Wednesday, October 30, 2013

The Executive Leadership Foundation Awards North Carolina Central University $350,000 for Summer Youth Business & Entrepreneurship Academy

North Carolina Central University will soon be able to help close the achievement gap of black middle and high school students, with assistance from a new grant.

The Executive Leadership Foundation (“ELF”) awarded North Carolina Central University (NCCU) a grant of $350,000 during its annual Recognition Gala on Thursday, October 24, 2013. The grant was provided under ELF’s Community Impact Initiative, a national program aimed at closing the achievement gap among black middle and high school students. Previous grantees include INROADS, LEAD and A Better Chance.  Dr. Debra Saunders-White, NCCU chancellor, accepted the award which will support the university’s Summer Youth Business & Entrepreneurship Academy.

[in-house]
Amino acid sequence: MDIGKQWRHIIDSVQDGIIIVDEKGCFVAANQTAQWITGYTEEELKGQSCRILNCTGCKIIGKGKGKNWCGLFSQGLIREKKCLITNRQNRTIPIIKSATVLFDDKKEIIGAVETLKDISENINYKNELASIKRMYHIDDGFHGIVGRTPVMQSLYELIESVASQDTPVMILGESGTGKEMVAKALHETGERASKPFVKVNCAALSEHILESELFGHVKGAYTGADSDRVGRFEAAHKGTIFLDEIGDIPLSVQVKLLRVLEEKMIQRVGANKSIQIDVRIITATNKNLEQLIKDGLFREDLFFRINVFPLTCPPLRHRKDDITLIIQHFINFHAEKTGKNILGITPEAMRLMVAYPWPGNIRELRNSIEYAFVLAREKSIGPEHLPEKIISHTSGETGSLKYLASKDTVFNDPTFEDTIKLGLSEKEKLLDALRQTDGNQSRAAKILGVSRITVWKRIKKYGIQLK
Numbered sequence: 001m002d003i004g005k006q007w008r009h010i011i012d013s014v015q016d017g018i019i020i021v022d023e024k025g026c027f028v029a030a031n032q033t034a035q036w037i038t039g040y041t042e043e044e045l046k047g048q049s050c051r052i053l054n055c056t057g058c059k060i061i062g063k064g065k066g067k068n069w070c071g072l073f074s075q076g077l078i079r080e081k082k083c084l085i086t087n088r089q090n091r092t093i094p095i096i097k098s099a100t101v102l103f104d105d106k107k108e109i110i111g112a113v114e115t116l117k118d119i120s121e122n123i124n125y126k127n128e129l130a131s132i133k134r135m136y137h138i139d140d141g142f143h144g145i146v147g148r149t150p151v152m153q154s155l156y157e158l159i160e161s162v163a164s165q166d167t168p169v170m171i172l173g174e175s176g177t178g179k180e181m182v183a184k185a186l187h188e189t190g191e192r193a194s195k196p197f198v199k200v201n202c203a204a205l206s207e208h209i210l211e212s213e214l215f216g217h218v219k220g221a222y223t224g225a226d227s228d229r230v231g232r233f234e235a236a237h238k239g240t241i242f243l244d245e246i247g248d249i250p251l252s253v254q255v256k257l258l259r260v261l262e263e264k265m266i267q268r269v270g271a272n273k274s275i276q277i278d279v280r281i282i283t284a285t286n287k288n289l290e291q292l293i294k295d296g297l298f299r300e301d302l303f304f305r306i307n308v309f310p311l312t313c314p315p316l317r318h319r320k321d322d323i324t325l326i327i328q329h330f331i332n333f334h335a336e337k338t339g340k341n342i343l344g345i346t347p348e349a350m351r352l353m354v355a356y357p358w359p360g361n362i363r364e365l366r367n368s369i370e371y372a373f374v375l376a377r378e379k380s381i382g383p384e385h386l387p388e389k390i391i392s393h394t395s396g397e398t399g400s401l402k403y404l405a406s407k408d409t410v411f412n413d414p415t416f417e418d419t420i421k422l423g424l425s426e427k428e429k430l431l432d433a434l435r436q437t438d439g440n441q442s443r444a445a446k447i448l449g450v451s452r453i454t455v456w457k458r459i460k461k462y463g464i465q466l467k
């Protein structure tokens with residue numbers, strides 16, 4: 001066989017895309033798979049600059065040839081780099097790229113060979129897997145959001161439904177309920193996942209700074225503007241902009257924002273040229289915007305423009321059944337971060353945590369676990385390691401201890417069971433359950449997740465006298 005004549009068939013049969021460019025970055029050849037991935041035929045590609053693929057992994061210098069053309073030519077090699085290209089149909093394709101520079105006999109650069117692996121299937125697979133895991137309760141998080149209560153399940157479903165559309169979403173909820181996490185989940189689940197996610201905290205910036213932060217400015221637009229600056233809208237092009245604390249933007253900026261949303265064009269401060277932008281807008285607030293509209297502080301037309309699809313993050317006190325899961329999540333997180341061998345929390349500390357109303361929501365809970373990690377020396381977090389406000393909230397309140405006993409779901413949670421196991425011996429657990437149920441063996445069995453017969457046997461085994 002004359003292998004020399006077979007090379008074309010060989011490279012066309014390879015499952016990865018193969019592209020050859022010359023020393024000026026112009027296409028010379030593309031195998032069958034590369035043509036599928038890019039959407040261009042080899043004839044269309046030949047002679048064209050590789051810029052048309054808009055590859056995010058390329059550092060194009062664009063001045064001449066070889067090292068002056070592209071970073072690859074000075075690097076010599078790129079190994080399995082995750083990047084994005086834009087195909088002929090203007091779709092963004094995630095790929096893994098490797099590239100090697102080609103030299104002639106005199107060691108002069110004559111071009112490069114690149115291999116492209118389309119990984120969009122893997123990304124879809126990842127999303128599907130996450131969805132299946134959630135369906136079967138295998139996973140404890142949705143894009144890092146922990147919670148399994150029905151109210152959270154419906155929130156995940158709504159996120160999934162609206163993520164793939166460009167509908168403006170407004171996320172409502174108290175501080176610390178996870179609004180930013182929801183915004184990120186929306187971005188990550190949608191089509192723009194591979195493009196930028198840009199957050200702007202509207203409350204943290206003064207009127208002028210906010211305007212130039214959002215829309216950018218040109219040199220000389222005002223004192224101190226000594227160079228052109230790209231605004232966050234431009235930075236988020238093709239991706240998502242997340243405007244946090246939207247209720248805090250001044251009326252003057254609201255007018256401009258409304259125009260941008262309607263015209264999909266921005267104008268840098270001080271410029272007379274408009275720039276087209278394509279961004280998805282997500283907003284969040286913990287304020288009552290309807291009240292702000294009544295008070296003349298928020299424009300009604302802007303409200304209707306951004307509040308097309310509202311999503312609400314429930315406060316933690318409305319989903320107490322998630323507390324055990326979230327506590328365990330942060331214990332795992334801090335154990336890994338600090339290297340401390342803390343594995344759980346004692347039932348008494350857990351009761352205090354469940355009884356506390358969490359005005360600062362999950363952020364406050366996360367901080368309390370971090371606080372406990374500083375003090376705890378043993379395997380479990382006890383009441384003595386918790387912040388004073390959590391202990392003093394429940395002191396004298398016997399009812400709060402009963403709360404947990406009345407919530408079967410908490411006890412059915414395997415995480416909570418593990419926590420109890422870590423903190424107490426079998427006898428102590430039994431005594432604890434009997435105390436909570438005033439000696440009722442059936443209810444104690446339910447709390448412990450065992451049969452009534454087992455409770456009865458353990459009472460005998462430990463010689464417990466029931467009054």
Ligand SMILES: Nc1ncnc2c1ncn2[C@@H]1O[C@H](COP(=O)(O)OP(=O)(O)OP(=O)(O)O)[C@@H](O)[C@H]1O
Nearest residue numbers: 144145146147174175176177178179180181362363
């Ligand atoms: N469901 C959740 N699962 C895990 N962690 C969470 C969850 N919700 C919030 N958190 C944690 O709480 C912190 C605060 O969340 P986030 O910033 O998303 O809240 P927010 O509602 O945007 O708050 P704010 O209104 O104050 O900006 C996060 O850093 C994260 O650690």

“Through our Community Impact Initiative, we are making a strategic investment in the next generation of business leaders, providing more than $1 million in just three years to deserving grantees,” said Ronald C. Parker, president and CEO of The Executive Leadership Council and Foundation.  “We are pleased to expand our impact and reach by providing this grant to North Carolina Central University’s Summer Youth Business & Entrepreneurship Academy.”
The NCCU School of Business and ELF are aligned around the goal of preparing students for career success and global leadership. Under the Summer Youth Business & Entrepreneurship Academy, high school sophomores and juniors take part in a two-week, non-residential business and entrepreneurship immersion program.  Students participate in lectures, corporate visits, and a case competition, where they work in teams to prepare a business plan. A panel of judges from the business community evaluates the plan and awards a prize to the winning team.